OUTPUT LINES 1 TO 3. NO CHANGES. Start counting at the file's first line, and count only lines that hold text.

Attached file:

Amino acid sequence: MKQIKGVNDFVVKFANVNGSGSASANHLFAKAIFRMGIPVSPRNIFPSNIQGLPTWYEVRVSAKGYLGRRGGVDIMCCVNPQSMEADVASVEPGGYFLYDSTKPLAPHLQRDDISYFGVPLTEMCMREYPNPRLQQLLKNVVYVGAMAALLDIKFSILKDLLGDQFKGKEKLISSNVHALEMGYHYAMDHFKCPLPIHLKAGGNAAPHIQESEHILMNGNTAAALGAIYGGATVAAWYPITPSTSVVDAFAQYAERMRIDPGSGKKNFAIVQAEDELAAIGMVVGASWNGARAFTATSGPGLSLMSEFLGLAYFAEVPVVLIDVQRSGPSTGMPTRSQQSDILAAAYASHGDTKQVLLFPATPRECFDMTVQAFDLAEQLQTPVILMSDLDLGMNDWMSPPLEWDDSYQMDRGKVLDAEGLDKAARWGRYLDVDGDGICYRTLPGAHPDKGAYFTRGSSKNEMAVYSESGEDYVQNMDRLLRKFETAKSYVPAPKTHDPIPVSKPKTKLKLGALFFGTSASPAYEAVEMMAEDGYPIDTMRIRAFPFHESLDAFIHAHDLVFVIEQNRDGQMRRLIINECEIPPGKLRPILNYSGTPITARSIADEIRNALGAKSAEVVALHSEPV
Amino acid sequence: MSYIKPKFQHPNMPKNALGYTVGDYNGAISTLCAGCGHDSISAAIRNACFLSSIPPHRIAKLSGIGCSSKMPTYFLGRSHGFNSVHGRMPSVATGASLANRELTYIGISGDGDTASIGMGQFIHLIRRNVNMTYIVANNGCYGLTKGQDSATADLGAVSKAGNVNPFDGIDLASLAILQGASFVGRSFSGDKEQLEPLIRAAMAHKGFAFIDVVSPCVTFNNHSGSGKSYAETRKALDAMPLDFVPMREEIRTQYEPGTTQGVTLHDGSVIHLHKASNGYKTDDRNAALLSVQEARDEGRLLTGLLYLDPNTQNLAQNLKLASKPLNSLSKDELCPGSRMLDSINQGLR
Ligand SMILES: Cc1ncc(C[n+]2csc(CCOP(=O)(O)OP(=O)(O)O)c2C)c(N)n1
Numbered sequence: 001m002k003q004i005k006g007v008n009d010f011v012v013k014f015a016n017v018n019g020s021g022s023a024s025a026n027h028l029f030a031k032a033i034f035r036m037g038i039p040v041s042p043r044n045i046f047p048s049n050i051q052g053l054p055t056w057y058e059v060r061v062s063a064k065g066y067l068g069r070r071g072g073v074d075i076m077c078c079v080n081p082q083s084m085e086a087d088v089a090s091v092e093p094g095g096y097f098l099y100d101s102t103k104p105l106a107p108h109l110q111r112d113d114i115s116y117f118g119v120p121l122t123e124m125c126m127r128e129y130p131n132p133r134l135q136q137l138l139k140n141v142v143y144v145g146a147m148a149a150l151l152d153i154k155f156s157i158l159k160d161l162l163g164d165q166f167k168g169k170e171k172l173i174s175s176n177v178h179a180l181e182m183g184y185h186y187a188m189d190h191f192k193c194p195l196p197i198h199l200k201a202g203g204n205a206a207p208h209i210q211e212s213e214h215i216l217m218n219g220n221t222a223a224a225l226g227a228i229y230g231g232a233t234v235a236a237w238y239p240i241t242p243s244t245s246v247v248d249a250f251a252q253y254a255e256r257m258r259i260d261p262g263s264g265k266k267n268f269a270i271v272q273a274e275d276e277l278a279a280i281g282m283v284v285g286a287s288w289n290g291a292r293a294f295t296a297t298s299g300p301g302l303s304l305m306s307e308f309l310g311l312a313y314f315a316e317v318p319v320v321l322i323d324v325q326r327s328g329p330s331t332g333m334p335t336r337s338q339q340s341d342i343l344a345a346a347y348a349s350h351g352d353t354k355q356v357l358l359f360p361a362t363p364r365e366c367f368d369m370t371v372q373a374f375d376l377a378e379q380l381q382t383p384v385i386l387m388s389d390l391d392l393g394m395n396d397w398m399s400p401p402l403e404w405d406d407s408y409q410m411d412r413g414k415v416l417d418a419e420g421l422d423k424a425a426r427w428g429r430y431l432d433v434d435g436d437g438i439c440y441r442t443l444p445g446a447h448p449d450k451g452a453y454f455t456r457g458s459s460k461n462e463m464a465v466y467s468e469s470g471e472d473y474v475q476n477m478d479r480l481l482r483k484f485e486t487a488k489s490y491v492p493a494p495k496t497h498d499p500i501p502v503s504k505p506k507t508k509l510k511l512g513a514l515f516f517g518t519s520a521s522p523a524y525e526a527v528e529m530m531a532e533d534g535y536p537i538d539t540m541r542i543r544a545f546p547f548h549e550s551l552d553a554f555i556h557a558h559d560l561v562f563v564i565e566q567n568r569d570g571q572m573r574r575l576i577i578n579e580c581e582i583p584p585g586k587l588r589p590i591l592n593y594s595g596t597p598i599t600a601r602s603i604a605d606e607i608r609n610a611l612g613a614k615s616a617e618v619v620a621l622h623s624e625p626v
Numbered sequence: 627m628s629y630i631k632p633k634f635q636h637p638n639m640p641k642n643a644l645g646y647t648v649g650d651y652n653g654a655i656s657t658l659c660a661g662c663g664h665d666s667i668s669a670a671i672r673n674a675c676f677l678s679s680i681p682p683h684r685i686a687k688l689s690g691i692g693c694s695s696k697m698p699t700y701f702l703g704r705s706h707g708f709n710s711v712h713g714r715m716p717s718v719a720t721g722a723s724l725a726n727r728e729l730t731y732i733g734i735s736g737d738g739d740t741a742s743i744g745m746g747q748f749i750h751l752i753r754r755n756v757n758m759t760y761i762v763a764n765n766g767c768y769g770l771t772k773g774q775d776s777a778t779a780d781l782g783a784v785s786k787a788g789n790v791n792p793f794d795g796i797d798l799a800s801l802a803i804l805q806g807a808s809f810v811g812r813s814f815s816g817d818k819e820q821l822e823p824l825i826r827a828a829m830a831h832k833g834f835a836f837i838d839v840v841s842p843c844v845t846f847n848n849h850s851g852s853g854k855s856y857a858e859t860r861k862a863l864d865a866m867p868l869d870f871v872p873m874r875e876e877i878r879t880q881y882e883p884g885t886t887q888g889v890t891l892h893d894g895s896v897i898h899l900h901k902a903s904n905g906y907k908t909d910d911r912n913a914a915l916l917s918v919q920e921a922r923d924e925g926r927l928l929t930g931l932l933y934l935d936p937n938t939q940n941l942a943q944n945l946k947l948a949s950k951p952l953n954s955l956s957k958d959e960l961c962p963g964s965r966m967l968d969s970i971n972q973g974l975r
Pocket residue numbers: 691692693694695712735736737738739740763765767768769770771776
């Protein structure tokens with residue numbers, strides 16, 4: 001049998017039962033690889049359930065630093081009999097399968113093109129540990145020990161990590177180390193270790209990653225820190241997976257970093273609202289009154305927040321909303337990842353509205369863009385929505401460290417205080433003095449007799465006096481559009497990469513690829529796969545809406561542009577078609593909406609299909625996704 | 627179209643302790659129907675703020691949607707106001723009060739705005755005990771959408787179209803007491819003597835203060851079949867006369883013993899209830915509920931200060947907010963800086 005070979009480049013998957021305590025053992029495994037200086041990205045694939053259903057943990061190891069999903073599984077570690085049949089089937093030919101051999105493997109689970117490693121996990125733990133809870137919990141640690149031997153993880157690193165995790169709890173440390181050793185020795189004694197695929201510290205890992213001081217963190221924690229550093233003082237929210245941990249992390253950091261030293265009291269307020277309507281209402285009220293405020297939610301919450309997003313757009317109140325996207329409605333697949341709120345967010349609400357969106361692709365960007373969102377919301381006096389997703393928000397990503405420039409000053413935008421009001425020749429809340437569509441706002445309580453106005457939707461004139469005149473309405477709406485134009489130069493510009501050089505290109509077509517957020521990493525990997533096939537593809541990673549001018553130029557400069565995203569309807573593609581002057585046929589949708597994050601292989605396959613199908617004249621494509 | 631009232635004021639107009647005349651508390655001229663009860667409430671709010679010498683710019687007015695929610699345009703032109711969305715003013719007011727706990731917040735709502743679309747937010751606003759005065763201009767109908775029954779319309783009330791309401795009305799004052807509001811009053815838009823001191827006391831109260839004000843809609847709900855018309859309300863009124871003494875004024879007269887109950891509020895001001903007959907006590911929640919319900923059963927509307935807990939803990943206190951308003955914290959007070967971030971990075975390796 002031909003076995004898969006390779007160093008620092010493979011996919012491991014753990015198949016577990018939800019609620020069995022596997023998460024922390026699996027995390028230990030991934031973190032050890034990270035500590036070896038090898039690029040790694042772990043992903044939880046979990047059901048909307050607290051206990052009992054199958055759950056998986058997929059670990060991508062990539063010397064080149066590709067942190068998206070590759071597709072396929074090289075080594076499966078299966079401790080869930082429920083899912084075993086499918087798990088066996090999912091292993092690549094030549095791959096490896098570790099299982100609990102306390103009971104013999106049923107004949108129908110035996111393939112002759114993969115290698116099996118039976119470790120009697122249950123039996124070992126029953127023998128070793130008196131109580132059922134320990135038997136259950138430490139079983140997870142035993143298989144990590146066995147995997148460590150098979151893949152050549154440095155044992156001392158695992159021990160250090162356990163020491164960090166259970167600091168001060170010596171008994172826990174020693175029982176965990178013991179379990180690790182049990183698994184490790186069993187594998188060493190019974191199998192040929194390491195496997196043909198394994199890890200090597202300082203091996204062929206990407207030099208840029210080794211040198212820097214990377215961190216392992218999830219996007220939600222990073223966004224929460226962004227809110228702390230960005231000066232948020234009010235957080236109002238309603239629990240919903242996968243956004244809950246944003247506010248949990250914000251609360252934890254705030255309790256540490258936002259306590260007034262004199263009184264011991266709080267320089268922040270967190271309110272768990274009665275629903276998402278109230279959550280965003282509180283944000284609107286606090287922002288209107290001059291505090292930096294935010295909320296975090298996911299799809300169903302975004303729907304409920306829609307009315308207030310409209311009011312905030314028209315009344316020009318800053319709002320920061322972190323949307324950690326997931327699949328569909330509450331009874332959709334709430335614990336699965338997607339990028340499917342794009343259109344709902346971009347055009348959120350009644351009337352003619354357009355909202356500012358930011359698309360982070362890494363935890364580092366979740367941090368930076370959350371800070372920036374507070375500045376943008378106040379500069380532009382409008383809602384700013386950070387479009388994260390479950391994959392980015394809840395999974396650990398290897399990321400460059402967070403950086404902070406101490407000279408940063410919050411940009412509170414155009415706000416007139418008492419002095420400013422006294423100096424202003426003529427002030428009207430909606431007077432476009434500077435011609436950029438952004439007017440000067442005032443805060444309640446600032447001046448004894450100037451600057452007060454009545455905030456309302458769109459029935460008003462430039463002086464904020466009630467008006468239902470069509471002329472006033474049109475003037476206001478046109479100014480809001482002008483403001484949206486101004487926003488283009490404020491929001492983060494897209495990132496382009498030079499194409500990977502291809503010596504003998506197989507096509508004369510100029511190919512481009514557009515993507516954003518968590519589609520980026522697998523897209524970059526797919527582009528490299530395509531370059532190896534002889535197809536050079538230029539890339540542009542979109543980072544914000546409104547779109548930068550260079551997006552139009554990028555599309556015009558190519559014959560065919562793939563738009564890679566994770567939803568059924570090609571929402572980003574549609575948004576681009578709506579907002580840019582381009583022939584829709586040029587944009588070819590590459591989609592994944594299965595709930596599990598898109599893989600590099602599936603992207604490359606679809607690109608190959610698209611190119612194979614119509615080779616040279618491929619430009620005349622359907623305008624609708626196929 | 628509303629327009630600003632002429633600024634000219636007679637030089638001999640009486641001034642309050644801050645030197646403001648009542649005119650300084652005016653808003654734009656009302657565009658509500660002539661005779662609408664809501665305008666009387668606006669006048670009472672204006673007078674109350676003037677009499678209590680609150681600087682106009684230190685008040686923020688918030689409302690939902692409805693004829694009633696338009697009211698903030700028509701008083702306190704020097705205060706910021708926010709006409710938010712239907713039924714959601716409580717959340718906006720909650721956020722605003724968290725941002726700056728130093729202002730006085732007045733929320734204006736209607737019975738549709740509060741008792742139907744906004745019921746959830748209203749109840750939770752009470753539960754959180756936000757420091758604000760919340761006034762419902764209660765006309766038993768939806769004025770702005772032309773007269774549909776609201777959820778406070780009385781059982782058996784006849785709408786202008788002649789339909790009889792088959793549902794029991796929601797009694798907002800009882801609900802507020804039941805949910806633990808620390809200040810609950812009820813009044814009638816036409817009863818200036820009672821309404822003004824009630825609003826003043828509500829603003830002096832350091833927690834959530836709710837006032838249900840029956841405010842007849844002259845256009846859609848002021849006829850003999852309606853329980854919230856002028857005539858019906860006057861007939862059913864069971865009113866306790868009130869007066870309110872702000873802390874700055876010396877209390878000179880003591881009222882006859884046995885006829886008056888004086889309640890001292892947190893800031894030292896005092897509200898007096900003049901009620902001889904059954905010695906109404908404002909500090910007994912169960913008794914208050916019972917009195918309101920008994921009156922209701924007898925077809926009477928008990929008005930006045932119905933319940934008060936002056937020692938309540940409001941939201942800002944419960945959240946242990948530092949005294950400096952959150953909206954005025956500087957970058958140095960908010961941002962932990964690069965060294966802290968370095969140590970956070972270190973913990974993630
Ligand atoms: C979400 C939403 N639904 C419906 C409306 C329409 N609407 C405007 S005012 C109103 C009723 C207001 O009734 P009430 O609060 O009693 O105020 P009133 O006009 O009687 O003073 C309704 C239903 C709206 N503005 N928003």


Amino acid sequence: MKQIKGVNDFVVKFANVNGSGSASANHLFAKAIFRMGIPVSPRNIFPSNIQGLPTWYEVRVSAKGYLGRRGGVDIMCCVNPQSMEADVASVEPGGYFLYDSTKPLAPHLQRDDISYFGVPLTEMCMREYPNPRLQQLLKNVVYVGAMAALLDIKFSILKDLLGDQFKGKEKLISSNVHALEMGYHYAMDHFKCPLPIHLKAGGNAAPHIQESEHILMNGNTAAALGAIYGGATVAAWYPITPSTSVVDAFAQYAERMRIDPGSGKKNFAIVQAEDELAAIGMVVGASWNGARAFTATSGPGLSLMSEFLGLAYFAEVPVVLIDVQRSGPSTGMPTRSQQSDILAAAYASHGDTKQVLLFPATPRECFDMTVQAFDLAEQLQTPVILMSDLDLGMNDWMSPPLEWDDSYQMDRGKVLDAEGLDKAARWGRYLDVDGDGICYRTLPGAHPDKGAYFTRGSSKNEMAVYSESGEDYVQNMDRLLRKFETAKSYVPAPKTHDPIPVSKPKTKLKLGALFFGTSASPAYEAVEMMAEDGYPIDTMRIRAFPFHESLDAFIHAHDLVFVIEQNRDGQMRRLIINECEIPPGKLRPILNYSGTPITARSIADEIRNALGAKSAEVVALHSEPV
Amino acid sequence: MSYIKPKFQHPNMPKNALGYTVGDYNGAISTLCAGCGHDSISAAIRNACFLSSIPPHRIAKLSGIGCSSKMPTYFLGRSHGFNSVHGRMPSVATGASLANRELTYIGISGDGDTASIGMGQFIHLIRRNVNMTYIVANNGCYGLTKGQDSATADLGAVSKAGNVNPFDGIDLASLAILQGASFVGRSFSGDKEQLEPLIRAAMAHKGFAFIDVVSPCVTFNNHSGSGKSYAETRKALDAMPLDFVPMREEIRTQYEPGTTQGVTLHDGSVIHLHKASNGYKTDDRNAALLSVQEARDEGRLLTGLLYLDPNTQNLAQNLKLASKPLNSLSKDELCPGSRMLDSINQGLR
Ligand SMILES: Cc1ncc(C[n+]2csc(CCOP(=O)(O)OP(=O)(O)O)c2C)c(N)n1